Len is averaging 7.0 points, 7.8 rebounds and 1.5 blocks in 24.1 minutes per game as a starter this season, and the Suns have a 21-17 record with him starting at center. In the games he’s come off the bench, Phoenix posted a 12-13 record.

Compared to the rest of the league, Len ranks 13th in blocks, 17th in blocks per game, 20th in defensive rebounding percentage and fourth in block percentage. Per 36 minutes, Len’s numbers give us an indication of how special he might be once he’s ready to start logging bigger minutes:


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Let’s put it this way: Len looked so promising once he found his stride that the Suns felt comfortable moving Plumlee at the trade deadline to completely commit to Lensanity, and all this happened over the course of about three months.

The only problem is there are two major roadblocks to Alex Len’s development.

The first is his penchant for foul trouble. Part of his meager 24.1 minutes per game has to do with his playing time as a reserve early in the year, which skewed his season numbers. Part of it has to do with adjusting to the grind of playing the full schedule (or close to it) for the first time. But the biggest part of it has to do with his inability to stay out of foul trouble.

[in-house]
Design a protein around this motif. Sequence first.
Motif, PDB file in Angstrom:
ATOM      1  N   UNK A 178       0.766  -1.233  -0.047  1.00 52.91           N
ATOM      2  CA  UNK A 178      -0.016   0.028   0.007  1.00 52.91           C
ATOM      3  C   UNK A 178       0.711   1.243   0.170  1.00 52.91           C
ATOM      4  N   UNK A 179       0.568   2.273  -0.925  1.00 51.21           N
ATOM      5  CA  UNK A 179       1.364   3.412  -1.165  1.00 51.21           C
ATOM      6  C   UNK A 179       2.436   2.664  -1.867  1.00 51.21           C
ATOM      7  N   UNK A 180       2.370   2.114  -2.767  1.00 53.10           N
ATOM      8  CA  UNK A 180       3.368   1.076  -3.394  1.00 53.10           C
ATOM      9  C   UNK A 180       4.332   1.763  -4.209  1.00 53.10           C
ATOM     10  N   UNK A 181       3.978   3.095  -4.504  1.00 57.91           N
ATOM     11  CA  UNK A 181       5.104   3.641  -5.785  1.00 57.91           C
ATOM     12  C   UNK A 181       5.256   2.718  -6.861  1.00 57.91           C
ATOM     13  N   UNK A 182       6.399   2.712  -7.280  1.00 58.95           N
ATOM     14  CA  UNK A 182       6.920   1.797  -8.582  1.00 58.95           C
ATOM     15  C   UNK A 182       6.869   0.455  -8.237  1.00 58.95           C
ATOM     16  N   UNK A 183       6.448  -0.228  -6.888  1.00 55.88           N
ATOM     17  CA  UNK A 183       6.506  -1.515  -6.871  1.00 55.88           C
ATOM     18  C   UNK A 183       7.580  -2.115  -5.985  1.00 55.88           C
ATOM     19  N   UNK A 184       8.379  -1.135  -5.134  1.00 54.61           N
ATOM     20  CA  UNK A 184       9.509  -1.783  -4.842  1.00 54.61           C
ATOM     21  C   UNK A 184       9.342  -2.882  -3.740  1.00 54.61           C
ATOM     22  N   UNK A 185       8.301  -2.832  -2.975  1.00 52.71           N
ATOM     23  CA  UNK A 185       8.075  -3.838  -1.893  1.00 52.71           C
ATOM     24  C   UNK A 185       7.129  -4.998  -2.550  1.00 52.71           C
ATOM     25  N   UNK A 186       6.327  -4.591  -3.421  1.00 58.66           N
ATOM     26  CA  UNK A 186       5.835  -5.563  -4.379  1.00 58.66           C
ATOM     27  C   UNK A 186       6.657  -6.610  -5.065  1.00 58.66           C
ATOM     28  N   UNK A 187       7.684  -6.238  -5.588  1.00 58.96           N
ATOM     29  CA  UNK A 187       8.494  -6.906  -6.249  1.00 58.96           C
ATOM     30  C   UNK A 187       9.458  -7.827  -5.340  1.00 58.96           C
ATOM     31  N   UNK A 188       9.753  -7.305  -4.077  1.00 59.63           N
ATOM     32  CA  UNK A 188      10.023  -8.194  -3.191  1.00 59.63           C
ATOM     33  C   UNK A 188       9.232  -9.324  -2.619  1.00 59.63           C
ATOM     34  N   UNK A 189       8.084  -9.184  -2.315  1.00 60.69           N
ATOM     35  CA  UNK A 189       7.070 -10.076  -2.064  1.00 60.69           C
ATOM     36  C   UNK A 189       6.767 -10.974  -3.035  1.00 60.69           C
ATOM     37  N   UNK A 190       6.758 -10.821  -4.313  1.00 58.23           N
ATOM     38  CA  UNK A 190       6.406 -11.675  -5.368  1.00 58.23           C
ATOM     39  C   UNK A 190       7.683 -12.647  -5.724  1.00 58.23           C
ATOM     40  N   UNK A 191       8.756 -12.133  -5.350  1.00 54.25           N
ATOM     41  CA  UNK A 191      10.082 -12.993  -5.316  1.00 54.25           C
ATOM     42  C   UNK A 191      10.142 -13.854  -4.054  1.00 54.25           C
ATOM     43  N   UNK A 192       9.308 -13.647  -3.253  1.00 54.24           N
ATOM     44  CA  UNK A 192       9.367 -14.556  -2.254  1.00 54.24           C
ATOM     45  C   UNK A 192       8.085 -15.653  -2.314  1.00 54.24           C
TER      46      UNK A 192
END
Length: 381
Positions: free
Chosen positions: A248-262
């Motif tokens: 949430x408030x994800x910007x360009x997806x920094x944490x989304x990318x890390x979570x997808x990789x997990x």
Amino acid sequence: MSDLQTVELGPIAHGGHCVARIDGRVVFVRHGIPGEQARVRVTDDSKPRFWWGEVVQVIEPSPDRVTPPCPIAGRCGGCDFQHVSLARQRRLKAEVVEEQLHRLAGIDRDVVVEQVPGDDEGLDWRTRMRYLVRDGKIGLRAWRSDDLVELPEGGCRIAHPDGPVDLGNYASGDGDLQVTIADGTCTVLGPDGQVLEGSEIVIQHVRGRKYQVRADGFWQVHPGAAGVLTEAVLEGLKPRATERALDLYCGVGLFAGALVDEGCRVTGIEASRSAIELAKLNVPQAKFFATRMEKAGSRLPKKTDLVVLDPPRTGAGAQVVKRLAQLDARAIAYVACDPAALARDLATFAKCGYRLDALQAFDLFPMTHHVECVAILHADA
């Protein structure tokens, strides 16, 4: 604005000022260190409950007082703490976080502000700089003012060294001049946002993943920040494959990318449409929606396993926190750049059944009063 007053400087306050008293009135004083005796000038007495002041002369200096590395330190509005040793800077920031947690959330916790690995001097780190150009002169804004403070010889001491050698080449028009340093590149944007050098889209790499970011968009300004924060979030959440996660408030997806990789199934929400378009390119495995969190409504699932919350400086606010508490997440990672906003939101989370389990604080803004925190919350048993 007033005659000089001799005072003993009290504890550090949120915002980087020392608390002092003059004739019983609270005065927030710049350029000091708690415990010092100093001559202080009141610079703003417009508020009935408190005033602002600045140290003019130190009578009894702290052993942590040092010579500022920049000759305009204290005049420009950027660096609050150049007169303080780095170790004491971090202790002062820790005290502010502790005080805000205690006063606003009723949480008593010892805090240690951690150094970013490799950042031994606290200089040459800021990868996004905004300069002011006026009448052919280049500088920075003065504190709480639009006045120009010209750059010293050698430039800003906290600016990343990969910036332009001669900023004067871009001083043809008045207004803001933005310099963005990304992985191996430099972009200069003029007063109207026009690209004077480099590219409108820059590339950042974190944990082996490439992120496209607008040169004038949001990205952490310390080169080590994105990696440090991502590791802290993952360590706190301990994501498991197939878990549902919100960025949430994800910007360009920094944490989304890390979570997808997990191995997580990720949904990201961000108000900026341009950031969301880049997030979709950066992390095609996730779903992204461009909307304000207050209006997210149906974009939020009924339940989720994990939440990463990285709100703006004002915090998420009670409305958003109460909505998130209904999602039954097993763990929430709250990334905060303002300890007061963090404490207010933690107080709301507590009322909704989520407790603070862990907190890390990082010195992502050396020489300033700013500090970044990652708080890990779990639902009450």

Len is tied for fifth in the league in personal fouls and commits 3.1 fouls per game. If we’re going to hail Len’s Per 36 Minutes numbers in the other categories, we should point out that Len commits 5.2 fouls per 36 minutes, the second highest mark in the NBA among players who have played at least 1,000 minutes this season (trailing only Kelly Olynyk).

Len’s 2.5 blocks per 36 minutes ranks eighth in the NBA among all players who have played 1,000 minutes, but simply put, all that shot-blocking ability does the Suns no good when he’s on the bench in foul trouble. Perhaps it’s that very shot-blocking ability that gets him into foul trouble, but Len is awfully prone to pump fakes and bad fouls 80 feet away from the basket.

Think about it. How many times have you seen Len miss out on an offensive rebound, swipe at a ball handler trying to get it back and commit a poor foul in the process? It’s one thing if he gets in foul trouble contesting shots at the rim, because the Suns already surrender 46 points in the paint per game (the third worst mark in the NBA).